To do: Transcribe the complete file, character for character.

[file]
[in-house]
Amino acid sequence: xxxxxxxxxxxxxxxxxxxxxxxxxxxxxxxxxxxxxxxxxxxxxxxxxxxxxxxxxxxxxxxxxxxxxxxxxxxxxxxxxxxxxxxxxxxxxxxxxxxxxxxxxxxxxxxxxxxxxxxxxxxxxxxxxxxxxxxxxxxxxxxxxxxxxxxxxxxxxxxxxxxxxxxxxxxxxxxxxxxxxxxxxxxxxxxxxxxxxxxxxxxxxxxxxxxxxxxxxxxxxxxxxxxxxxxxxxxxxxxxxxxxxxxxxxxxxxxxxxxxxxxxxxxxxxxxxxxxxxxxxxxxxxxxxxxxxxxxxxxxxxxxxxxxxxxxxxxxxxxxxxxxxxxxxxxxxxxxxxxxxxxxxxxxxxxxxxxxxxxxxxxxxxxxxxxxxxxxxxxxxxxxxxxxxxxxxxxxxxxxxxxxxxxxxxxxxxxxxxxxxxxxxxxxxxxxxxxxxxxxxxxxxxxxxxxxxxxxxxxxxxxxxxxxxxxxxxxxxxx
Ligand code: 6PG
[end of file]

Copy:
[in-house]
Amino acid sequence: xxxxxxxxxxxxxxxxxxxxxxxxxxxxxxxxxxxxxxxxxxxxxxxxxxxxxxxxxxxxxxxxxxxxxxxxxxxxxxxxxxxxxxxxxxxxxxxxxxxxxxxxxxxxxxxxxxxxxxxxxxxxxxxxxxxxxxxxxxxxxxxxxxxxxxxxxxxxxxxxxxxxxxxxxxxxxxxxxxxxxxxxxxxxxxxxxxxxxxxxxxxxxxxxxxxxxxxxxxxxxxxxxxxxxxxxxxxxxxxxxxxxxxxxxxxxxxxxxxxxxxxxxxxxxxxxxxxxxxxxxxxxxxxxxxxxxxxxxxxxxxxxxxxxxxxxxxxxxxxxxxxxxxxxxxxxxxxxxxxxxxxxxxxxxxxxxxxxxxxxxxxxxxxxxxxxxxxxxxxxxxxxxxxxxxxxxxxxxxxxxxxxxxxxxxxxxxxxxxxxxxxxxxxxxxxxxxxxxxxxxxxxxxxxxxxxxxxxxxxxxxxxxxxxxxxxxxxxxxx
Ligand code: 6PG